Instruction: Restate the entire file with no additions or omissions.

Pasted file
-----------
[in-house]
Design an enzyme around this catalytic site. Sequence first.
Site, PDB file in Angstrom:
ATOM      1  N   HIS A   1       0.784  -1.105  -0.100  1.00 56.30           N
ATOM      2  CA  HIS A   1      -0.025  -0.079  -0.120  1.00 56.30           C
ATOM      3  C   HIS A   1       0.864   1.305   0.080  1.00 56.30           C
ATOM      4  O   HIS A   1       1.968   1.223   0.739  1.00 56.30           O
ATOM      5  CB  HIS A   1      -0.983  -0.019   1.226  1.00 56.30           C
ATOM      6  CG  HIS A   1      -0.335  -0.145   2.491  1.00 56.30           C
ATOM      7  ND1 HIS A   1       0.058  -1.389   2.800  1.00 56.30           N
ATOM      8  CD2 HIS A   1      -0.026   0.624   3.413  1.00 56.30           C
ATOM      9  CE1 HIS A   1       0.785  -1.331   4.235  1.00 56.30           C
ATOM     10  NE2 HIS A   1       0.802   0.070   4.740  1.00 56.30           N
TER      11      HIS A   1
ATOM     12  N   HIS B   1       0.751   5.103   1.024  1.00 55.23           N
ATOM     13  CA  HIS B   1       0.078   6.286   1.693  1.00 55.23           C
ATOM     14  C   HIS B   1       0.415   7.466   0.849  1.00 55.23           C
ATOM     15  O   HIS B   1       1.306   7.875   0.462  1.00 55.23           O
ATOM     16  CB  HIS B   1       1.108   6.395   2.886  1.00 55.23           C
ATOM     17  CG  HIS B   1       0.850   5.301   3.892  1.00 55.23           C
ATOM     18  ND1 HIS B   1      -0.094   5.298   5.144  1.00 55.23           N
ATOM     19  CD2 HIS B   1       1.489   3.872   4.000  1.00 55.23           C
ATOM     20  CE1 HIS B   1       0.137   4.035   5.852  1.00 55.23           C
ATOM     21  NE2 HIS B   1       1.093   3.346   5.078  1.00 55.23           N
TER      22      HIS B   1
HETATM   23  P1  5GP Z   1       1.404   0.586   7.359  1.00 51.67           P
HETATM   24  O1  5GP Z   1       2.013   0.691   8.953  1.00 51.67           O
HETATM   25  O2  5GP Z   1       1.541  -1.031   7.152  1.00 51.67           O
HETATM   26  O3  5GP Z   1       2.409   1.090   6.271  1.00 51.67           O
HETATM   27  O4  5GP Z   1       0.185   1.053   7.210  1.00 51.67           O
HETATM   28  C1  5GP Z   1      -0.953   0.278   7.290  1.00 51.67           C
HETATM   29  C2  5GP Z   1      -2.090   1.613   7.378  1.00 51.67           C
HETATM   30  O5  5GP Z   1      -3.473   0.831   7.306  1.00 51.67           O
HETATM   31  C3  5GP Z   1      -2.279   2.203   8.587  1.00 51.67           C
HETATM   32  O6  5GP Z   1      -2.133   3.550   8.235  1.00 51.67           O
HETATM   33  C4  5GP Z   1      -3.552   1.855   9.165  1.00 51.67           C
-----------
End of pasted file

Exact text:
[in-house]
Design an enzyme around this catalytic site. Sequence first.
Site, PDB file in Angstrom:
ATOM      1  N   HIS A   1       0.784  -1.105  -0.100  1.00 56.30           N
ATOM      2  CA  HIS A   1      -0.025  -0.079  -0.120  1.00 56.30           C
ATOM      3  C   HIS A   1       0.864   1.305   0.080  1.00 56.30           C
ATOM      4  O   HIS A   1       1.968   1.223   0.739  1.00 56.30           O
ATOM      5  CB  HIS A   1      -0.983  -0.019   1.226  1.00 56.30           C
ATOM      6  CG  HIS A   1      -0.335  -0.145   2.491  1.00 56.30           C
ATOM      7  ND1 HIS A   1       0.058  -1.389   2.800  1.00 56.30           N
ATOM      8  CD2 HIS A   1      -0.026   0.624   3.413  1.00 56.30           C
ATOM      9  CE1 HIS A   1       0.785  -1.331   4.235  1.00 56.30           C
ATOM     10  NE2 HIS A   1       0.802   0.070   4.740  1.00 56.30           N
TER      11      HIS A   1
ATOM     12  N   HIS B   1       0.751   5.103   1.024  1.00 55.23           N
ATOM     13  CA  HIS B   1       0.078   6.286   1.693  1.00 55.23           C
ATOM     14  C   HIS B   1       0.415   7.466   0.849  1.00 55.23           C
ATOM     15  O   HIS B   1       1.306   7.875   0.462  1.00 55.23           O
ATOM     16  CB  HIS B   1       1.108   6.395   2.886  1.00 55.23           C
ATOM     17  CG  HIS B   1       0.850   5.301   3.892  1.00 55.23           C
ATOM     18  ND1 HIS B   1      -0.094   5.298   5.144  1.00 55.23           N
ATOM     19  CD2 HIS B   1       1.489   3.872   4.000  1.00 55.23           C
ATOM     20  CE1 HIS B   1       0.137   4.035   5.852  1.00 55.23           C
ATOM     21  NE2 HIS B   1       1.093   3.346   5.078  1.00 55.23           N
TER      22      HIS B   1
HETATM   23  P1  5GP Z   1       1.404   0.586   7.359  1.00 51.67           P
HETATM   24  O1  5GP Z   1       2.013   0.691   8.953  1.00 51.67           O
HETATM   25  O2  5GP Z   1       1.541  -1.031   7.152  1.00 51.67           O
HETATM   26  O3  5GP Z   1       2.409   1.090   6.271  1.00 51.67           O
HETATM   27  O4  5GP Z   1       0.185   1.053   7.210  1.00 51.67           O
HETATM   28  C1  5GP Z   1      -0.953   0.278   7.290  1.00 51.67           C
HETATM   29  C2  5GP Z   1      -2.090   1.613   7.378  1.00 51.67           C
HETATM   30  O5  5GP Z   1      -3.473   0.831   7.306  1.00 51.67           O
HETATM   31  C3  5GP Z   1      -2.279   2.203   8.587  1.00 51.67           C
HETATM   32  O6  5GP Z   1      -2.133   3.550   8.235  1.00 51.67           O
HETATM   33  C4  5GP Z   1      -3.552   1.855   9.165  1.00 51.67           C